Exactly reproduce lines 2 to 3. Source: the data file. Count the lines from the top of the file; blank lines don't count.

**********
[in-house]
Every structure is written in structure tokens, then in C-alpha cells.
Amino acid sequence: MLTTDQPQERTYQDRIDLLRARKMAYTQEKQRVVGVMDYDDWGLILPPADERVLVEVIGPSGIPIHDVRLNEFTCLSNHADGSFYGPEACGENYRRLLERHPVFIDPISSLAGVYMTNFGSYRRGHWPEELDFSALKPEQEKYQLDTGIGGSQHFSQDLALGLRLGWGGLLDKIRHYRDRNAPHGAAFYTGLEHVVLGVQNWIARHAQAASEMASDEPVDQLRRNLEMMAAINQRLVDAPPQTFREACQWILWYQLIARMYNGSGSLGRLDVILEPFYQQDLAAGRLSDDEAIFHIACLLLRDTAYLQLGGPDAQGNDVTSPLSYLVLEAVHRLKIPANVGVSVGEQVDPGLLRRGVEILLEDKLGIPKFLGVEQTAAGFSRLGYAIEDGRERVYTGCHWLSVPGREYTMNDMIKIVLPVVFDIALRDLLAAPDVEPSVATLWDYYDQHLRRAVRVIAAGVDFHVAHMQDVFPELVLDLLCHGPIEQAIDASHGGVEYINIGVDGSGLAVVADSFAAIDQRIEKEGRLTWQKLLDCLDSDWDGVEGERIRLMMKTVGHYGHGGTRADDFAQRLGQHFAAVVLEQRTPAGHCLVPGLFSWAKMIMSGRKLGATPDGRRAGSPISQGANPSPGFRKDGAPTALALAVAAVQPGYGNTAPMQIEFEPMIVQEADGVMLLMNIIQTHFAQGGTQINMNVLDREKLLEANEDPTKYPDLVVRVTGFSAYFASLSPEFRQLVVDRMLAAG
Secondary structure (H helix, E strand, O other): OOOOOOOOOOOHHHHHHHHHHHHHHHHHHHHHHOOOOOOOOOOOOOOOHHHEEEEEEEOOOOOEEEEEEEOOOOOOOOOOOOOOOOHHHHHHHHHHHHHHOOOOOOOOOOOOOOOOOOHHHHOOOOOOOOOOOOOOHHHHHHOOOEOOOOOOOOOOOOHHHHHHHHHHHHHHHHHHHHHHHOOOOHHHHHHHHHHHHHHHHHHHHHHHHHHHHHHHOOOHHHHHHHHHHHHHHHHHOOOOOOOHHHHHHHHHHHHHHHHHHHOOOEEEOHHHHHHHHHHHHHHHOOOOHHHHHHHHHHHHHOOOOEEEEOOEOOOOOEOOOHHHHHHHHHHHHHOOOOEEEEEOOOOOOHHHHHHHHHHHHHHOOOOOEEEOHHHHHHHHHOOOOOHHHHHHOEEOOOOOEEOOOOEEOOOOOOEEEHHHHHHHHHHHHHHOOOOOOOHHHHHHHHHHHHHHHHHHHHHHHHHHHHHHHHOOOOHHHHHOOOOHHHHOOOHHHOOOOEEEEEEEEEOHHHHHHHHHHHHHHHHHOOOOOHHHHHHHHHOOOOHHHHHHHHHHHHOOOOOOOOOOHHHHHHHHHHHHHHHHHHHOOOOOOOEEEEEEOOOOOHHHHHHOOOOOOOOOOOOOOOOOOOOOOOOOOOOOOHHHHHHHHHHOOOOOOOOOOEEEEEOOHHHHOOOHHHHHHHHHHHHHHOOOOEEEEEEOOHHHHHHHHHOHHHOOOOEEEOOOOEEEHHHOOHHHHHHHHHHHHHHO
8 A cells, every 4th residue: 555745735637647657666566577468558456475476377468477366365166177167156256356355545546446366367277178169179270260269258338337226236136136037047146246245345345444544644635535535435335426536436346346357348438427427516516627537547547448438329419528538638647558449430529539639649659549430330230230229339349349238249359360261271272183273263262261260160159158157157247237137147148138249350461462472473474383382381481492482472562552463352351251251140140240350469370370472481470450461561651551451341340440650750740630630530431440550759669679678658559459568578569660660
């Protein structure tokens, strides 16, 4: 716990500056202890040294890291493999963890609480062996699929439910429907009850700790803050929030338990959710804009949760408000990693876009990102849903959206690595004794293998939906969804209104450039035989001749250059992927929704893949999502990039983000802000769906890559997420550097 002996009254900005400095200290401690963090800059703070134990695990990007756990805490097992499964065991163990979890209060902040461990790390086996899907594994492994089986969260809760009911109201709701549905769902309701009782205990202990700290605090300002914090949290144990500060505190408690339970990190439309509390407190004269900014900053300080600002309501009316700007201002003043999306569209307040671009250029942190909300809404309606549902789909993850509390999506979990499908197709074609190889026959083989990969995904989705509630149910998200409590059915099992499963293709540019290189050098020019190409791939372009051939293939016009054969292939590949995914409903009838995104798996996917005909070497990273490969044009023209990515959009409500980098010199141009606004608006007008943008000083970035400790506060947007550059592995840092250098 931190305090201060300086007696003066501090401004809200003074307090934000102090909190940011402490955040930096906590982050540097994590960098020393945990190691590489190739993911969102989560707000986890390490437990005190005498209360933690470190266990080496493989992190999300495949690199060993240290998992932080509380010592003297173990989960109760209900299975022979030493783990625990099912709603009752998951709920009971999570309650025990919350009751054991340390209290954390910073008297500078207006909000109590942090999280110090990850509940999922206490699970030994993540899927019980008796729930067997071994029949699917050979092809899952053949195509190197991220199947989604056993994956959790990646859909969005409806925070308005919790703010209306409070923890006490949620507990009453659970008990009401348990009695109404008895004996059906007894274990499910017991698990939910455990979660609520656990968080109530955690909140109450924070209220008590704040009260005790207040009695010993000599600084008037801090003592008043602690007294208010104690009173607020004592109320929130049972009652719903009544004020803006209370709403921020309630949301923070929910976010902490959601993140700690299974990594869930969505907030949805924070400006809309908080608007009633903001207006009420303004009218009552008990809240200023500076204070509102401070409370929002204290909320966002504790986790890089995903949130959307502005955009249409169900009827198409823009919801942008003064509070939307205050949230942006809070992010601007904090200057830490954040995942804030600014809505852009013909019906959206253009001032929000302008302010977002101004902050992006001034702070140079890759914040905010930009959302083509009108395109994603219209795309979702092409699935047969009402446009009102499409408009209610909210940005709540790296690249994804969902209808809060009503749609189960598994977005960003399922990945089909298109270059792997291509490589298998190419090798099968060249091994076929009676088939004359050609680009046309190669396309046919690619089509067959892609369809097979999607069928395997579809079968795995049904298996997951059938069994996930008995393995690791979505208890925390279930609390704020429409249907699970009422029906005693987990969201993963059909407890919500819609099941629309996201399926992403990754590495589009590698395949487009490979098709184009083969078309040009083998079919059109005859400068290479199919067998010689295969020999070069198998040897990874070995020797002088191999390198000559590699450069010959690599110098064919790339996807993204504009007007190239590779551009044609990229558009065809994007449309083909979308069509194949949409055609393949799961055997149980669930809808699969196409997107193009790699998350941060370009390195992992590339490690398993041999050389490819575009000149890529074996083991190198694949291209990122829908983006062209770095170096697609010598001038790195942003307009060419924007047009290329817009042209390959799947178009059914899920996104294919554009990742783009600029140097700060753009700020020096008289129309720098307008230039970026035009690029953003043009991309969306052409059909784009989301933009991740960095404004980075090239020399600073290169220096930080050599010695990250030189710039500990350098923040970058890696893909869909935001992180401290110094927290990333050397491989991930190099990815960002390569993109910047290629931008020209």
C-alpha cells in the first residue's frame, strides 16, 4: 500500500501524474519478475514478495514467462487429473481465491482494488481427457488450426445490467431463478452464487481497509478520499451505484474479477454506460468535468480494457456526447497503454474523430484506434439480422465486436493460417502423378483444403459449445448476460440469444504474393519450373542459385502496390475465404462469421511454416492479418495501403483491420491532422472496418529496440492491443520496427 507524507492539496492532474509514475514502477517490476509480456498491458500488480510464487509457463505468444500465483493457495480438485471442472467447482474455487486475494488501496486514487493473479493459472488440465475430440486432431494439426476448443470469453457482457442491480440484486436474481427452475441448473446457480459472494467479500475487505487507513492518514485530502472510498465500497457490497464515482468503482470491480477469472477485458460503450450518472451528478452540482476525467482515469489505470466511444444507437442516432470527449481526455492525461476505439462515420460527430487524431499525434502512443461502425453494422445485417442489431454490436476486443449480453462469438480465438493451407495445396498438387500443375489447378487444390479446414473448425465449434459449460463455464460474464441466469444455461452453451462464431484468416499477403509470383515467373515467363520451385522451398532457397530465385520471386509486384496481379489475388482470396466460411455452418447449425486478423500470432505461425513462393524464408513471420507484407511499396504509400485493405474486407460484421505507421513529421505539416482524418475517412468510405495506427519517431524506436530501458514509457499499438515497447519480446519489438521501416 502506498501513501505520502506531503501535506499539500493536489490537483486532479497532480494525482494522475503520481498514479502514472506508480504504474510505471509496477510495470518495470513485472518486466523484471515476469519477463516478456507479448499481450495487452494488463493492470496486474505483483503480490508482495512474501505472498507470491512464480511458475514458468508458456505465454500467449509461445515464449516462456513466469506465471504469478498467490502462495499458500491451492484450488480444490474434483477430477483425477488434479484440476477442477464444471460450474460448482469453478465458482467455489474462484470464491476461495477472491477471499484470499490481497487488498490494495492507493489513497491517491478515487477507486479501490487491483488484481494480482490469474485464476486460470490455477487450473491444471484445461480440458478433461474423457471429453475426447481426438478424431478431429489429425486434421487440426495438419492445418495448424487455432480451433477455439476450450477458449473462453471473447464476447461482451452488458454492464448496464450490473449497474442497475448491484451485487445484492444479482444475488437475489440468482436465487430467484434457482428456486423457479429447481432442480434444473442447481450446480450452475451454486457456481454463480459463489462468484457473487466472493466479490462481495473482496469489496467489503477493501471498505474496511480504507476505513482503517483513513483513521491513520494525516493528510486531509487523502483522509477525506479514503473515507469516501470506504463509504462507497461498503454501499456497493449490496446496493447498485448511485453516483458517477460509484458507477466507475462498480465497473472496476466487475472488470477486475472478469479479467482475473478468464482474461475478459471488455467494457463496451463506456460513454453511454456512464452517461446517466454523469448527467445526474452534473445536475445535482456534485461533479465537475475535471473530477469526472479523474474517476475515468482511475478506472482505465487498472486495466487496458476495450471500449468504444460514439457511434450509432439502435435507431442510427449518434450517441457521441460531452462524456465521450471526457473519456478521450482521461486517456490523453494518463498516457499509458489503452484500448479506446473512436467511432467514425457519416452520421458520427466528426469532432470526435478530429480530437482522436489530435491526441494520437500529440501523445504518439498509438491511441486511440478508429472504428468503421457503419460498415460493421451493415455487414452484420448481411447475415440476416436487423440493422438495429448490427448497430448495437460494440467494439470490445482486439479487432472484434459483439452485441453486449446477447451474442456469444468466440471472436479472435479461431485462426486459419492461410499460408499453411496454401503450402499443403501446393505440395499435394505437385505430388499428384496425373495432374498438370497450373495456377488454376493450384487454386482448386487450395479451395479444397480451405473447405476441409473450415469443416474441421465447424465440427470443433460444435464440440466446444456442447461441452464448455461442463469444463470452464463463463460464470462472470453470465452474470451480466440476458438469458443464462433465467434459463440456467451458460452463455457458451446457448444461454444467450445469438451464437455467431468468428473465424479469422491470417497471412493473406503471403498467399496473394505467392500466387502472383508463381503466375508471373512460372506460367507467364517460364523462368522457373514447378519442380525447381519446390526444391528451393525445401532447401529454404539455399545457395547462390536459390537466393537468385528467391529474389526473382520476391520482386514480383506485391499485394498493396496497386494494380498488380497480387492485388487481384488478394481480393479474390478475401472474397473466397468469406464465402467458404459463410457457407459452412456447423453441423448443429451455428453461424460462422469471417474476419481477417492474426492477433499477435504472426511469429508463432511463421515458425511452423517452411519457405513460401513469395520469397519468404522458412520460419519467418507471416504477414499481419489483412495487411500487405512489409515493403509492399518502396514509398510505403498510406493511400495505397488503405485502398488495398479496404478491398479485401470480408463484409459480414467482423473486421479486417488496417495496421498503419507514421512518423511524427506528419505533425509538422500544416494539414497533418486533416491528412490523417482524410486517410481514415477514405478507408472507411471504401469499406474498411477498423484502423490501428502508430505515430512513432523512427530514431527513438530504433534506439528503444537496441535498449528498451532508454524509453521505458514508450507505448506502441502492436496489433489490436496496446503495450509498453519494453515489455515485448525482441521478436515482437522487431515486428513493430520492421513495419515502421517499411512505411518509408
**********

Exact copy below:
Every structure is written in structure tokens, then in C-alpha cells.
Amino acid sequence: MLTTDQPQERTYQDRIDLLRARKMAYTQEKQRVVGVMDYDDWGLILPPADERVLVEVIGPSGIPIHDVRLNEFTCLSNHADGSFYGPEACGENYRRLLERHPVFIDPISSLAGVYMTNFGSYRRGHWPEELDFSALKPEQEKYQLDTGIGGSQHFSQDLALGLRLGWGGLLDKIRHYRDRNAPHGAAFYTGLEHVVLGVQNWIARHAQAASEMASDEPVDQLRRNLEMMAAINQRLVDAPPQTFREACQWILWYQLIARMYNGSGSLGRLDVILEPFYQQDLAAGRLSDDEAIFHIACLLLRDTAYLQLGGPDAQGNDVTSPLSYLVLEAVHRLKIPANVGVSVGEQVDPGLLRRGVEILLEDKLGIPKFLGVEQTAAGFSRLGYAIEDGRERVYTGCHWLSVPGREYTMNDMIKIVLPVVFDIALRDLLAAPDVEPSVATLWDYYDQHLRRAVRVIAAGVDFHVAHMQDVFPELVLDLLCHGPIEQAIDASHGGVEYINIGVDGSGLAVVADSFAAIDQRIEKEGRLTWQKLLDCLDSDWDGVEGERIRLMMKTVGHYGHGGTRADDFAQRLGQHFAAVVLEQRTPAGHCLVPGLFSWAKMIMSGRKLGATPDGRRAGSPISQGANPSPGFRKDGAPTALALAVAAVQPGYGNTAPMQIEFEPMIVQEADGVMLLMNIIQTHFAQGGTQINMNVLDREKLLEANEDPTKYPDLVVRVTGFSAYFASLSPEFRQLVVDRMLAAG